The Vatican has asked Catholic charity Apostleship of the Sea (AoS) to take the lead in tackling trafficking and exploitation of fishermen.
In a message ahead of World Fisheries Day on 21 November, Cardinal Antonio Maria Vegliò, on behalf of the Pontifical Council for the Pastoral Care of Migrants and Itinerant People, called on AoS to intensify its presence in fishing ports to identify and rescue victims of human trafficking.
“We express our gratitude to the chaplains and volunteers of AoS for their dedication and commitment.
“It is also necessary that AoS work more closely with leaders of fishing communities to educate and prevent human trafficking by providing viable alternatives of employment and livelihood,” he said.
World Fisheries Day this year also coincides with the start of the AoS Indian Ocean regional conference – which focuses on fisheries – to be held in Cape Town, South Africa.
Cardinal Vegliò said within the fishing industry there are hundreds of thousands of migrants who are smuggled and trafficked for forced labour on board fishing vessels.
“This is favoured by a network of criminal organisations and individuals who prey on people coming from poverty, eagerly seeking employment that could help them to break away from the circle of misery,” he said.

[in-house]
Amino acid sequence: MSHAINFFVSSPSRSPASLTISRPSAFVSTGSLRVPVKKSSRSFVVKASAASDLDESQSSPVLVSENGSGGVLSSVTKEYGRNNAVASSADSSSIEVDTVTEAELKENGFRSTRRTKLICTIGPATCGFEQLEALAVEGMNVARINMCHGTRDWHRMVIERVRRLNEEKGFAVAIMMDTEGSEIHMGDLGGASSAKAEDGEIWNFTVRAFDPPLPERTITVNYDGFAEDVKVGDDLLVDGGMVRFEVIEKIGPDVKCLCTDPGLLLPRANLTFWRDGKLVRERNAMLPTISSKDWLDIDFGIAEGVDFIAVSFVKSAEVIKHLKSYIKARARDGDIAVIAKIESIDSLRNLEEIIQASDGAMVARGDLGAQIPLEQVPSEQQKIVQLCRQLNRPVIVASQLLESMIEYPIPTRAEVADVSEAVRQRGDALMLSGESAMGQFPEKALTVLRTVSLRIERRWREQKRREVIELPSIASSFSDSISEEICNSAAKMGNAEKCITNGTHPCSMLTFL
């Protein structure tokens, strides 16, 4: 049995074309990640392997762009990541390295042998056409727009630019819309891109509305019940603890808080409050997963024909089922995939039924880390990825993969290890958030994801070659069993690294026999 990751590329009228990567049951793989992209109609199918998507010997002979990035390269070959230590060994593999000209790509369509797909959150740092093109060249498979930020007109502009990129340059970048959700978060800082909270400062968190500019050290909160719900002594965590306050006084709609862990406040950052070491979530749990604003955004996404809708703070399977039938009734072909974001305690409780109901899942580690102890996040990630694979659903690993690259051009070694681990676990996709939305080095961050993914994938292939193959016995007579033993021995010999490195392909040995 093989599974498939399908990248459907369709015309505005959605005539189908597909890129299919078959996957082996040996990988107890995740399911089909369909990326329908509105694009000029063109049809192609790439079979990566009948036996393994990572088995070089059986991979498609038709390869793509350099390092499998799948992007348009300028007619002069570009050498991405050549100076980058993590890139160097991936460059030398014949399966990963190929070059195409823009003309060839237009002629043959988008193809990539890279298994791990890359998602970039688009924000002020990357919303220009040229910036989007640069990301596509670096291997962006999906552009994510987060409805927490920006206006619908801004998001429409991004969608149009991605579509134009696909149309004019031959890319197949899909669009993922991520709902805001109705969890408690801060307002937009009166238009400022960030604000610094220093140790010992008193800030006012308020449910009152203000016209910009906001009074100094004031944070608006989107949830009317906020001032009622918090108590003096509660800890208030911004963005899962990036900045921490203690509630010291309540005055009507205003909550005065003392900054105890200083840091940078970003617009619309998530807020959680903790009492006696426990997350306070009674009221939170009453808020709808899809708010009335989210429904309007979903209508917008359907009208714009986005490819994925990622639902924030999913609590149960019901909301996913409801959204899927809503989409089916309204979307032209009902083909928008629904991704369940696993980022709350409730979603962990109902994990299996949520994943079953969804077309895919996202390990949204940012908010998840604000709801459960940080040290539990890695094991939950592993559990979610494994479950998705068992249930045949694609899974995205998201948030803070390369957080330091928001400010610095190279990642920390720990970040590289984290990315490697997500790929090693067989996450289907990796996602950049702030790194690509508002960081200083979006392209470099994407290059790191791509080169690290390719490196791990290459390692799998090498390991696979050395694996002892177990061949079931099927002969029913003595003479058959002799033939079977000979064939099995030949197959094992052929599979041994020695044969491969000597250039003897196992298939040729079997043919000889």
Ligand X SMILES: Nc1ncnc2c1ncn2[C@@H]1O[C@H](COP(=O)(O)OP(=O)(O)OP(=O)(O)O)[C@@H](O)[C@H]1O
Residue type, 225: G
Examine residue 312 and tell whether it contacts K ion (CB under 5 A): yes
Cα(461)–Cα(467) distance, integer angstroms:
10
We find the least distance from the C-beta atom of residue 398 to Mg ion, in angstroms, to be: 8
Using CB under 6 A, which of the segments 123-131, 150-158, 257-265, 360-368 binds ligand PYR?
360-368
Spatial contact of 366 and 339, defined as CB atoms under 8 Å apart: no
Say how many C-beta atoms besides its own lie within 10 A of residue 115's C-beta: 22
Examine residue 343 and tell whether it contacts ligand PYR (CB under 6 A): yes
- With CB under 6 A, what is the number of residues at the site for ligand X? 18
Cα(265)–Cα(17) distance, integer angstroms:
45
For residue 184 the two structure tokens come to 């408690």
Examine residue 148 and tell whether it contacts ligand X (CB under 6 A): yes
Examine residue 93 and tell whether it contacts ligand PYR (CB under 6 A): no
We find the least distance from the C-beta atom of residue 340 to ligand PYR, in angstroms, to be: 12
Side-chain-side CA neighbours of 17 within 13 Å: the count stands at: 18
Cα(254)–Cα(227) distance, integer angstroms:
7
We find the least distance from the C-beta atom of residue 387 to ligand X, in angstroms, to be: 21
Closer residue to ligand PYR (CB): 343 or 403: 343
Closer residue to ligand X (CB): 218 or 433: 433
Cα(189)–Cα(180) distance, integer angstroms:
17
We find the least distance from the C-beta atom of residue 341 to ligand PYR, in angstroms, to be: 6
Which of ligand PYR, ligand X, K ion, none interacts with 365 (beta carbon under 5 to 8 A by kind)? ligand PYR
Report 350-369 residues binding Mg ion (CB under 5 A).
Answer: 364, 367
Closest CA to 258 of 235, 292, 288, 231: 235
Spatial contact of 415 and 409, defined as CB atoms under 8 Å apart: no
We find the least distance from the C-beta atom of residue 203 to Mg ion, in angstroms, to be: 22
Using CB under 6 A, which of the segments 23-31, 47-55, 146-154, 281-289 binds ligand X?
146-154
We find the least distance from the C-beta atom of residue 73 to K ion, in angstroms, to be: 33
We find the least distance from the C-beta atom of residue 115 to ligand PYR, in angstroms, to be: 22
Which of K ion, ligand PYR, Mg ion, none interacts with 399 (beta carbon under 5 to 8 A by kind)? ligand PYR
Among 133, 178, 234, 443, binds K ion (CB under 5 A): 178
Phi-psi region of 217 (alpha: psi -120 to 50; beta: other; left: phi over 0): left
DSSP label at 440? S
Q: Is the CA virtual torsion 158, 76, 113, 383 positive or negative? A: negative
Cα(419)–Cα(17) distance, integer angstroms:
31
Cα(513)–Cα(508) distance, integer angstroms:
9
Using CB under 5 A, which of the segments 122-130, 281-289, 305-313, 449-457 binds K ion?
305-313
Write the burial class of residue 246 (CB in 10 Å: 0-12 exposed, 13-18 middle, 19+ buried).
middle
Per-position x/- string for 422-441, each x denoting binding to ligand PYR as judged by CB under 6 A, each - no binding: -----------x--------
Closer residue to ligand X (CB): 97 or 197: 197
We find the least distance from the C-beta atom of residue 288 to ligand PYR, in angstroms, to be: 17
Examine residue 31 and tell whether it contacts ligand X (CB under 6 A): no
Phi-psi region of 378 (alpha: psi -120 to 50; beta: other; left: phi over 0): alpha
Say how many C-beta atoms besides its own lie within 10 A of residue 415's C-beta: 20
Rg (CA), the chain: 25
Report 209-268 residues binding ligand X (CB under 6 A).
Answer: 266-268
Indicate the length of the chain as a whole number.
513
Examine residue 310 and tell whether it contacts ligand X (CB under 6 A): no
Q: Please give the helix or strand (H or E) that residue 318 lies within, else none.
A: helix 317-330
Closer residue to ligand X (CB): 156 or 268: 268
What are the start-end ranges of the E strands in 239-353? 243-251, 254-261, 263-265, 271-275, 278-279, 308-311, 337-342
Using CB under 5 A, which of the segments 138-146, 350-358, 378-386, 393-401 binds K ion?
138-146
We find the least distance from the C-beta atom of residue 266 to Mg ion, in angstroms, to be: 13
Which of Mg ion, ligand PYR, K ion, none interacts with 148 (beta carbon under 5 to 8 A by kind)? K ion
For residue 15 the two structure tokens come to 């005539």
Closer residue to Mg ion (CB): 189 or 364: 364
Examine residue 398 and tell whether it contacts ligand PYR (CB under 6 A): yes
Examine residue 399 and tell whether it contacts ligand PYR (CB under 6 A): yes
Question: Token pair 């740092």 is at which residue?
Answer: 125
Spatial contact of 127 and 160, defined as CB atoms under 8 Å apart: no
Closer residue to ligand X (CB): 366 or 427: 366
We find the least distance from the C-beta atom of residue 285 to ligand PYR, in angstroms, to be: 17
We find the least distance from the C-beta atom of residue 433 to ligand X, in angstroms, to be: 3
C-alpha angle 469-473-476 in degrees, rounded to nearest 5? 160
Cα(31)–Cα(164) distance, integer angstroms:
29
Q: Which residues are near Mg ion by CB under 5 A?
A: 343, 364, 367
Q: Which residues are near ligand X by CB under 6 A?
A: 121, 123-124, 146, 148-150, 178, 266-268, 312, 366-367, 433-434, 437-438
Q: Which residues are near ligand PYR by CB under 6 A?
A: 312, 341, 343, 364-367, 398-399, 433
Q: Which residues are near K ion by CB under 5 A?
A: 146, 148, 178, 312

He added many of the vulnerable end up being trafficked, and find themselves in debt bondage and slavery, often without a way out.
“The fishing vessels stay out at sea for long periods – from a few months to several years – and the victims of these crimes find it difficult, if not impossible, to report their predicaments.”
Cardinal Vegliò also renewed the Church’s appeal to governments to ratify the Work in Fishing Convention, 2007 (No. 188) which aims to create a safe working environment on board fishing vessels and better welfare provisions for fishermen.
“As of October 2016 the Convention has been ratified by nine coastal states, and one more country is necessary for the Convention to enter into force,” he said.
Cardinal Vegliò quoted Pope Francis’s call: “Human trafficking is a crime against humanity. We must unite our efforts to free the victims and stop this increasingly aggressive crime which threatens not only individuals but the basic values of society and of international security and justice, to say nothing of the economy, and the fabric of the family and our coexistence.”
In Great Britain, AoS works closely with the Independent Anti-Slavery Commissioner to identify and support victims of trafficking and exploitation in the fishing and shipping sectors.
Further information for Editors
The Apostleship of the Sea (AoS), is a registered charity and agency of the Catholic Bishops’ Conferences of England & Wales and Scotland. It is wholly reliant on voluntary donations and legacies to continue its work.
90% of world trade is transported by ship, and more than 100,000 ships visit British ports each year. However the life of a modern seafarer can be dangerous and lonely. They may spend up to a year at a time away from home, separated from their family and loved ones, often working in harsh conditions.
AoS chaplains and ship visitors welcome seafarers to our shores – regardless of their colour, race or creed and provide them with pastoral and practical assistance. They recognise them as brothers with an intrinsic human dignity which can be overlooked in the modern globalised maritime industry.
For more information contact AoS on 020 7901 1931.